Obituary for Ruth Matiovska
One of our two Czech Torah scrolls comes from the small town of Slavkov (formerly Austerlitz). Over the past 26 years NLS has forged strong links with the town in a variety of ways - including 9 trips over that period. Very few Jewish residents from the pre-war 93 survived the Shoah. The last survivor, Ruth Matiovska still lived in the town and has been central to our relationship with Slavkov.
She was an honorary member of NLS and was well known by many of our members. Sadly, Ruth's family informed us that she passed away at the beginning of May. The following tribute comes from the NLS Czech Scroll group:
The Sun goes down on Austerlitz Jewry
Ruth Matiovska, the last remaining survivor of the pre-war Jewish community of Austerlitz/Slavkov has passed away aged 86 following a short illness. This is her story ……
Ruth was 11 years old when she was deported together with her parents, Otto and Greta, from Slavkov to Terezin (Theresienstadt) in 1941. Miraculously the family managed to survive the deportations to the death camps until the end of the war. This fact is brought into focus when we consider that only around 150 children from the 15,000 who were sent into Terezin actually survived the horrors of the Shoah – and Ruth was one of them. Although luck obviously played a major role in their survival as a family, Otto’s occupation as a dentist was more than useful for the Nazis. Otto lost a leg – ironically fighting on the German side in WW1 - and had a prosthetic leg in which he managed to smuggle out potato skins from his duties in the kitchens. Undoubtedly, the fact that he was able to smuggle these to his family kept them alive. Had he been caught, he would have paid with his life. Heavily traumatised, Ruth and her parents returned to Slavkov after liberation and started to recover their lives. Ruth had obviously missed 4 years of education as well as suffering the mental trauma from her experiences.
Ruth eventually married a local man and had two children, Roman and Hana. After the deaths of her parents, Ruth continued to live in the family house that she had grown up in, just off the small square where the synagogue still stands in the Jewish quarter of the small town. The living quarters were upstairs and her father’s dentist practice was downstairs. In 1992, a chance meeting with Eric and Margaret Strach from Liverpool (Eric spent a lot of his childhood in Austerlitz visiting his grandparents and aunt) brought her into contact with NLS and, following her first of two visits to Nottingham, she became an honorary member of the congregation. Older members will remember an audience with Ruth in the shul during which she told her story and answered questions. This followed an emotional service when she was called up to the Austerlitz scroll by Czech-born Rabbi Thomas Salamon. Her first visit to Nottingham was the first time she had been around so many of her co-religionists since she was incarcerated in Terezin.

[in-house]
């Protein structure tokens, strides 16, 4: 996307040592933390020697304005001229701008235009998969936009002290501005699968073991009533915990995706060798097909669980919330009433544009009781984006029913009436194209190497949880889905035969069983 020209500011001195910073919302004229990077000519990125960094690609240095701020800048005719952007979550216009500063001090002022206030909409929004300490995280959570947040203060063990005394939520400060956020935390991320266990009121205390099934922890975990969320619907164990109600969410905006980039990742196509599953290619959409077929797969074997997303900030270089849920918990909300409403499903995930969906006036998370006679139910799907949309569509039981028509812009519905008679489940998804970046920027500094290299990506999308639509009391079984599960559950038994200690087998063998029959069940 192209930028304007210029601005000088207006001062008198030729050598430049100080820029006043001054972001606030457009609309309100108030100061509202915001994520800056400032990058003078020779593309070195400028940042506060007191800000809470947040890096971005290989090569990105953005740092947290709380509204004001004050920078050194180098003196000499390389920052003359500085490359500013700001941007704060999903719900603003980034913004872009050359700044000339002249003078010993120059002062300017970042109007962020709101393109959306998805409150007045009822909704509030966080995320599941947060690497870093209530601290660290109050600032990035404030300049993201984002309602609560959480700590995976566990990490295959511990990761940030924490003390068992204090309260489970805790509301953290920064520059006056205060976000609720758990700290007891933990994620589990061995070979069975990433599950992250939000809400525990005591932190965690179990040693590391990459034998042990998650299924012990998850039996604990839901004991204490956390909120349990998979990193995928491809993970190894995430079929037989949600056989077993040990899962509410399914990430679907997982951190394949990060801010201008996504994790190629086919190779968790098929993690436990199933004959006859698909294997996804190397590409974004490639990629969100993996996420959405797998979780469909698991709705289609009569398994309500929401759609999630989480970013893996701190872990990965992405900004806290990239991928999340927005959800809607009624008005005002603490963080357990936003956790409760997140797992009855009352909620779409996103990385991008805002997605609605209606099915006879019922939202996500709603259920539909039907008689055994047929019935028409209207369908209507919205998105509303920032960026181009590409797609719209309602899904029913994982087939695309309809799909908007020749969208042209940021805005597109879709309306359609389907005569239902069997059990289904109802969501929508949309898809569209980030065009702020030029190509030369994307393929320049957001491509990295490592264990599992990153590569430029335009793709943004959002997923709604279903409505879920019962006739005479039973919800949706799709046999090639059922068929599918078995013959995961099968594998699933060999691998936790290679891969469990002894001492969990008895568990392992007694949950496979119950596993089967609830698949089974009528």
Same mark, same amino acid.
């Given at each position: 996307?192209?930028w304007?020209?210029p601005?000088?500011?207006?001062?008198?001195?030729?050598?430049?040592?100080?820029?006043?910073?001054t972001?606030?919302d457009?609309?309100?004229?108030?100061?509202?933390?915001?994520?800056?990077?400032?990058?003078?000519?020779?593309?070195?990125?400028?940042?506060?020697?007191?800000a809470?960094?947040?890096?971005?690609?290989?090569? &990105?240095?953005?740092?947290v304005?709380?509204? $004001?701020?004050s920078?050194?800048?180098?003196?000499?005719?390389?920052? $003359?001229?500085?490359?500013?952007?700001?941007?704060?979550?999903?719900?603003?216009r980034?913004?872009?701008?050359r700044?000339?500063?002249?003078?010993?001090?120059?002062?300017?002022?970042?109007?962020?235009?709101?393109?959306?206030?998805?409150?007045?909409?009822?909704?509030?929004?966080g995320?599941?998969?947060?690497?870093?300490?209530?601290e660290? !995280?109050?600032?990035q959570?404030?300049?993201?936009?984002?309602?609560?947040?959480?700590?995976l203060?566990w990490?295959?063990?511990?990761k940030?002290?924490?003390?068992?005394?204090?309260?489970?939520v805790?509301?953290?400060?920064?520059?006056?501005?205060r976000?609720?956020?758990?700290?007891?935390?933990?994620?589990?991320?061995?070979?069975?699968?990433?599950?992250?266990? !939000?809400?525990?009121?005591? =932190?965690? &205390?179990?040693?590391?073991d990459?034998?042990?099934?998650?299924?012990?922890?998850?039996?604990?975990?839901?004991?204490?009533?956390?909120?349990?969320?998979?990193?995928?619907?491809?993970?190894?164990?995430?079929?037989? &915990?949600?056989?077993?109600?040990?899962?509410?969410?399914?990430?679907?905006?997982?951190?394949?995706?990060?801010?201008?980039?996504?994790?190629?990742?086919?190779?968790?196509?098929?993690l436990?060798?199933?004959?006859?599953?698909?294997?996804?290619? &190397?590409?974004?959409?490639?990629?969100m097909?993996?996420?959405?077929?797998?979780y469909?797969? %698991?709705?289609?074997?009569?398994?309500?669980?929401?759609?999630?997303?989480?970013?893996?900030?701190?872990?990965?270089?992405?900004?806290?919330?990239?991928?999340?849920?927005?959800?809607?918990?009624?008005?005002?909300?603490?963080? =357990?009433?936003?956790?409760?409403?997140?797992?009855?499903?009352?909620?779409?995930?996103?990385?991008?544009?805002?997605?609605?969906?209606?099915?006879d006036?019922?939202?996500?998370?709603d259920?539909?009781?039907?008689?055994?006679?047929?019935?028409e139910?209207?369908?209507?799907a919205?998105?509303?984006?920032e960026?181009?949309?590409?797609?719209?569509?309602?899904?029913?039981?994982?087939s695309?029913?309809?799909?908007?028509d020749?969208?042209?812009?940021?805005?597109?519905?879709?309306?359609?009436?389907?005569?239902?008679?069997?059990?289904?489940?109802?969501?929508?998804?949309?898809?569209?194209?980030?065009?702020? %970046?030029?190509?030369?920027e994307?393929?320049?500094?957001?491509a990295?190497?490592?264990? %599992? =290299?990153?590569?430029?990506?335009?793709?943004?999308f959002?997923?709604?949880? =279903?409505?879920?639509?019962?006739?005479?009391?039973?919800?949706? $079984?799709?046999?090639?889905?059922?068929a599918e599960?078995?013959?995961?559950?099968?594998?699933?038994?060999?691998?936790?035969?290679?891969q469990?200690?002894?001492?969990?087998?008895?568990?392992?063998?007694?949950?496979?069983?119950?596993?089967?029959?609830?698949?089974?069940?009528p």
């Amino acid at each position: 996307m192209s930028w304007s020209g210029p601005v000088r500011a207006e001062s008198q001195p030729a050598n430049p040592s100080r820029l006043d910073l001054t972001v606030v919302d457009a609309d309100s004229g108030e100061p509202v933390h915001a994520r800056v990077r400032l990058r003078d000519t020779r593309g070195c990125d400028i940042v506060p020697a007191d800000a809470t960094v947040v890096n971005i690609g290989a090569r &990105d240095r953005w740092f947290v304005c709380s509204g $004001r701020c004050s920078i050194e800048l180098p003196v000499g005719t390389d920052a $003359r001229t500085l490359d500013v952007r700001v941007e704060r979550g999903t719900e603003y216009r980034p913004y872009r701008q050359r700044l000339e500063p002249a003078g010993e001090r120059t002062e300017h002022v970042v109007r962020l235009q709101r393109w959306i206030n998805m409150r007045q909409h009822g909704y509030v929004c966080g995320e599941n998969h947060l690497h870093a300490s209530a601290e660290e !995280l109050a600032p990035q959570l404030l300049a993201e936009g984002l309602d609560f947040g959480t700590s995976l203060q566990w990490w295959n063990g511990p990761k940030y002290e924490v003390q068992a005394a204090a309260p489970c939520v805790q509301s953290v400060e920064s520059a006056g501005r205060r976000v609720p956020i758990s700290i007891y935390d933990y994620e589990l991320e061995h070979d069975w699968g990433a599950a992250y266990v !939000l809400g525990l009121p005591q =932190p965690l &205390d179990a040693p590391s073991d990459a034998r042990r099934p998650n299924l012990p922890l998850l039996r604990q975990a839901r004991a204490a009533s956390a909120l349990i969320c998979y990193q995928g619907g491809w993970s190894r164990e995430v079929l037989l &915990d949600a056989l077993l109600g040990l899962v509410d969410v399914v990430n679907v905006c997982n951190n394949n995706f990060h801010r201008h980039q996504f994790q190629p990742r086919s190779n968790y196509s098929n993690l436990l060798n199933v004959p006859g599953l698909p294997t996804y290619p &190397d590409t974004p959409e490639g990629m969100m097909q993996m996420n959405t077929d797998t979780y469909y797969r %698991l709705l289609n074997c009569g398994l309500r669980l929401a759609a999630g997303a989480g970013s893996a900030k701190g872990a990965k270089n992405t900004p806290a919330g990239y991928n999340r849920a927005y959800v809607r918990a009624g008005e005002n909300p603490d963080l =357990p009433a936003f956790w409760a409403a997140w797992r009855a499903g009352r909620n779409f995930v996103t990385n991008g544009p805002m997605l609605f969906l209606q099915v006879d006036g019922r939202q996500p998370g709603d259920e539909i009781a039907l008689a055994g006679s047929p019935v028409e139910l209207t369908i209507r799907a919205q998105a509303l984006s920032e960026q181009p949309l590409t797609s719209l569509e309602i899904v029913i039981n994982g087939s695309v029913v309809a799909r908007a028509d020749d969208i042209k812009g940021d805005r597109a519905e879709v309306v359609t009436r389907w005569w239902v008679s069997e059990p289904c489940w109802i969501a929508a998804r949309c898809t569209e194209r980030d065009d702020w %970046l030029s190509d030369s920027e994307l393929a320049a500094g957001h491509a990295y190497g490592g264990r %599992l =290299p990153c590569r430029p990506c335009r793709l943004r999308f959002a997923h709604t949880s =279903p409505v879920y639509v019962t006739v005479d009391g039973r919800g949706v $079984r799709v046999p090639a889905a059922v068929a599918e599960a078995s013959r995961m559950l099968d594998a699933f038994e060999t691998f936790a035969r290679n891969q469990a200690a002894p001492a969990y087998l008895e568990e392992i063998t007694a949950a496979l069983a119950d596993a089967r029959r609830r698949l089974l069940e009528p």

Soon after her trip to Nottingham, she joined the Brno Jewish community (about 10 miles away from her home) and also went on a trip to Israel with them. One can only imagine her reaction to seeing the Jewish state after her childhood experiences and also that of being the only Jewish resident in Slavkov! Ruth suddenly found herself as something of a local celebrity in her town – and she was a constant visitor to the local school to tell the students about her wartime experiences. A few years ago, a play about Ruth’s life was commissioned (with the help of Lottery funding) by the NLS Austerlitz Group. After the play was performed in Nottingham, it was translated into Czech and a performance was put on in Slavkov itself by drama students from the local High School. There was a packed audience to see it – with Ruth and her family in the front row!
Ruth maintained her contact with NLS through the Austerlitz Committee and she was always eager to meet with both old and new friends on our many visits to the Czech Republic – the last one only 20 months ago where she was thrilled to meet a dozen of our children.
In her later years she moved from Slavkov to a retirement home in Brno but returned to Slavkov during holidays when the family were at home. Her husband pre-deceased her 30 years ago. She is survived by her son and daughter, 4 grandchildren and a growing number of great-grandchildren.
May her memory be for a blessing.